New York authorities raid Rikers Island jail in crackdown
"Hands Of The Prisoner In Jail" [Shutterstock]

By Victoria Cavaliere

NEW YORK (Reuters) - New York City authorities raided Rikers Island and searched guards going in and out of the city's largest jail complex as part of a months-long investigation into drugs, weapons and contraband, officials said Tuesday.

The Monday afternoon sweep included searches of inmates and cells as well as guards, according to a statement from New York City's Department of Correction and Department of Investigation.

The raid focused on the George Motchan Detention Center, which houses 2,000 inmates at Rikers, where the average daily population is about 12,000.

It was unclear what the sweep turned up. Correction officials said the raid was prompted by information gathered during an investigation of violence and other illegal conduct.

More than a dozen officers have been arrested since the Rikers investigation began months ago and more charges are expected, the statement said.

The raid followed a string of problems at Rikers, including the 2013 arrest of two New York City correction officers on charges of smuggling drugs into the maximum security wing.

In March, a former senior guard at the jail was arrested on a federal charge that he deprived a mentally ill inmate of medical aid after he swallowed a corrosive disinfectant. The inmate, 25-year-old robbery suspect Jason Echevarria, eventually died.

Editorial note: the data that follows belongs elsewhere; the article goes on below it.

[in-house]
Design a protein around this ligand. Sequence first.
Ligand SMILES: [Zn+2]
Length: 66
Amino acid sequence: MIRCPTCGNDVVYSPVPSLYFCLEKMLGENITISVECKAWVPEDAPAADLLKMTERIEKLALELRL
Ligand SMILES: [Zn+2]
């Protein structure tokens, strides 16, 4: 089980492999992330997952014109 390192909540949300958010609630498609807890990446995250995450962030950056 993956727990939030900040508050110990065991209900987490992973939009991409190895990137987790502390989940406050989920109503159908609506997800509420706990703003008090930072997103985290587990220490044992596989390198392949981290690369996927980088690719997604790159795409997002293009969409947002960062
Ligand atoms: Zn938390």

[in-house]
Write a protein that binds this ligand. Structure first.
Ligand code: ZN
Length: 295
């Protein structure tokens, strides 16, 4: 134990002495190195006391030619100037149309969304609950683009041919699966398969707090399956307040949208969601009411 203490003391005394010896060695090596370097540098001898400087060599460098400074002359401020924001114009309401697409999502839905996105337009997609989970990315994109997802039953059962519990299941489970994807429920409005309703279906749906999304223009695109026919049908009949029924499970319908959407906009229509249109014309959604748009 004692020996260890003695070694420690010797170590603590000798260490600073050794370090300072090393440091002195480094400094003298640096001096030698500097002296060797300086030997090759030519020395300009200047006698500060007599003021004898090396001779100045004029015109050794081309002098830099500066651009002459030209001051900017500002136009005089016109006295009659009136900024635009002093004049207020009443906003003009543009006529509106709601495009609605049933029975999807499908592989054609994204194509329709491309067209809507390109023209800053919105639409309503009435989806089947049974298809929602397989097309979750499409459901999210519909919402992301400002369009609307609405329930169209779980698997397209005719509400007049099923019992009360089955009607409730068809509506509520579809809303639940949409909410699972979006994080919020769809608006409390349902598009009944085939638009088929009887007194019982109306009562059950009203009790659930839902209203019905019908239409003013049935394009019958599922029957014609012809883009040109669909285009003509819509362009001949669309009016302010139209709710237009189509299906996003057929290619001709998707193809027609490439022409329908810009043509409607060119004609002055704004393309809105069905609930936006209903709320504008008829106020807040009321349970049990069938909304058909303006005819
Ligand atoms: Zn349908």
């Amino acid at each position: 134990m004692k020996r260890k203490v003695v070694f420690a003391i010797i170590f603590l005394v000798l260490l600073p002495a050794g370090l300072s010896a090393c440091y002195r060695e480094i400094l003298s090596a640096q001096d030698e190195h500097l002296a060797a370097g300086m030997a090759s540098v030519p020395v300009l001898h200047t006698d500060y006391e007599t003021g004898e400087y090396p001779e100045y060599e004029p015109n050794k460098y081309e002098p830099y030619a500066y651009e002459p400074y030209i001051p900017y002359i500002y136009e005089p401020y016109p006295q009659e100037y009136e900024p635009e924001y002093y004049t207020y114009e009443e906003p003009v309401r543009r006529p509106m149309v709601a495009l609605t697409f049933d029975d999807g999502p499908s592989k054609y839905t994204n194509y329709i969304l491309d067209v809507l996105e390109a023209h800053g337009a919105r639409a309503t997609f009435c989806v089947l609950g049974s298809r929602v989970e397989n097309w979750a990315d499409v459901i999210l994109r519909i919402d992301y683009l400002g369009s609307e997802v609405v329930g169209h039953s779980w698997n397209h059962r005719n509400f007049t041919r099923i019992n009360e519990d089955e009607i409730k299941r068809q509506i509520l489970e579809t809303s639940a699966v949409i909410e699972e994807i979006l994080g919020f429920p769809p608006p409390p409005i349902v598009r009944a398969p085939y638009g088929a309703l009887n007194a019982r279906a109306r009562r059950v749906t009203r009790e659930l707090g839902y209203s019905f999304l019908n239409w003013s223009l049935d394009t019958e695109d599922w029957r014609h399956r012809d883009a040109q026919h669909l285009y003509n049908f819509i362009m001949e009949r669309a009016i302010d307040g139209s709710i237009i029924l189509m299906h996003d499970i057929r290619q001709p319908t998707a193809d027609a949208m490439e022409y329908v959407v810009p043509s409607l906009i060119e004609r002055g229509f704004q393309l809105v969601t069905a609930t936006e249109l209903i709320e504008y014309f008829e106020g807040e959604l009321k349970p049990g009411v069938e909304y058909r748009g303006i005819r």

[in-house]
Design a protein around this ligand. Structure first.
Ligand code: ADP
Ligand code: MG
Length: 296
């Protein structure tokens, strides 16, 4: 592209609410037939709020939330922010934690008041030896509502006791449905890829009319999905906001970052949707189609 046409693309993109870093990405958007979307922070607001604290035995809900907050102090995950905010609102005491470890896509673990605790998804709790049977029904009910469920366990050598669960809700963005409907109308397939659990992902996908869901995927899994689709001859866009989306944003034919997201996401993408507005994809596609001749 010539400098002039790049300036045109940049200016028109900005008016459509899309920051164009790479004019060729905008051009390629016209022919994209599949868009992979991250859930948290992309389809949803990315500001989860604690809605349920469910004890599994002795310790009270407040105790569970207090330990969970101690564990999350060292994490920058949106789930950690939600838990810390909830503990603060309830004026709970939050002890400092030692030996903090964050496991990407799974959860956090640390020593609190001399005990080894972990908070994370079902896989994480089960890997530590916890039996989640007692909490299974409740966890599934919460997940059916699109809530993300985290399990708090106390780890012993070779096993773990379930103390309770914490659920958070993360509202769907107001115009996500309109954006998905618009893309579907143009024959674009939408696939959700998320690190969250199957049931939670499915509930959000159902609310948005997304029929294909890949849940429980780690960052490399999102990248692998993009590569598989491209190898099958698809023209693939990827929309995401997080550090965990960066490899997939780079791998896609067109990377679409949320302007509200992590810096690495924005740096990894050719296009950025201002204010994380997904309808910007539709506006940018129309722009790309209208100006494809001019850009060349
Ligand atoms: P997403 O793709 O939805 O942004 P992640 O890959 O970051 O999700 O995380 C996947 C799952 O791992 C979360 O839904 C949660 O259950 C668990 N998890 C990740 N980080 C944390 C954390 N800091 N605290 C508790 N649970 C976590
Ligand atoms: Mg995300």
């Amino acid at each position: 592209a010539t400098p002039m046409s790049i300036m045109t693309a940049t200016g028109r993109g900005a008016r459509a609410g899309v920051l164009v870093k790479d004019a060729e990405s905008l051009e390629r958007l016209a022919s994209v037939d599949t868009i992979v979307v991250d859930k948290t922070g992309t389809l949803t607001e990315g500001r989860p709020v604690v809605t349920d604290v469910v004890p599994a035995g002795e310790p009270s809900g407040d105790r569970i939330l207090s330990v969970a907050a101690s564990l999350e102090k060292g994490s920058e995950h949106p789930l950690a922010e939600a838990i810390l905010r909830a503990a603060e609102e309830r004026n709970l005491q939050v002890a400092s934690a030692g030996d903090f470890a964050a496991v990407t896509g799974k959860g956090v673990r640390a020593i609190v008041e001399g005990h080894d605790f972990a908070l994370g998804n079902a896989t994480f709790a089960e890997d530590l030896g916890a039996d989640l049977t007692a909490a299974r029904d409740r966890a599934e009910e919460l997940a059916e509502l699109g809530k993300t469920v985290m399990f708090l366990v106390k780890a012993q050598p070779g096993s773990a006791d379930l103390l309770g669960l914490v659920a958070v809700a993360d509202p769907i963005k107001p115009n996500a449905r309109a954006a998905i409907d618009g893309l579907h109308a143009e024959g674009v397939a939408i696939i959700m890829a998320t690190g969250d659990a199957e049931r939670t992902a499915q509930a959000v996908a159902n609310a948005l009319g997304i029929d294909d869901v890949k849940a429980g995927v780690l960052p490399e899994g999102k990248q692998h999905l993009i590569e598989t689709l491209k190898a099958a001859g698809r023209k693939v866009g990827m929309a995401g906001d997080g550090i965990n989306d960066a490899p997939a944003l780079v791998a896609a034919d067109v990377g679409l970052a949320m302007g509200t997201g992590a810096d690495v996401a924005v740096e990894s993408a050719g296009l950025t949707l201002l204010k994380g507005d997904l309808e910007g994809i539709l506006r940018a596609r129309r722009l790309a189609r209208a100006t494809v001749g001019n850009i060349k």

A month earlier, Jerome Murdough, 56, a former Marine suffering from schizophrenia, was found dead inside his cell after being left in sweltering heat, an attorney for his family said. Murdough was being held on a charge of trespassing when he died.

His mother has filed a $25 million wrongful death lawsuit against the city.

Following Murdough's death, New York City Mayor Bill de Blasio appointed Joseph Ponte as corrections commissioner. Ponte has instituted new security policies to reduce a growing number of violent attacks on jail guards and health care workers and he has ordered a examination of training and safety practices.

(Reporting by Victoria Cavaliere; Editing by Barbara Goldberg and Doina Chiacu)

["Hands Of The Prisoner In Jail" on Shutterstock]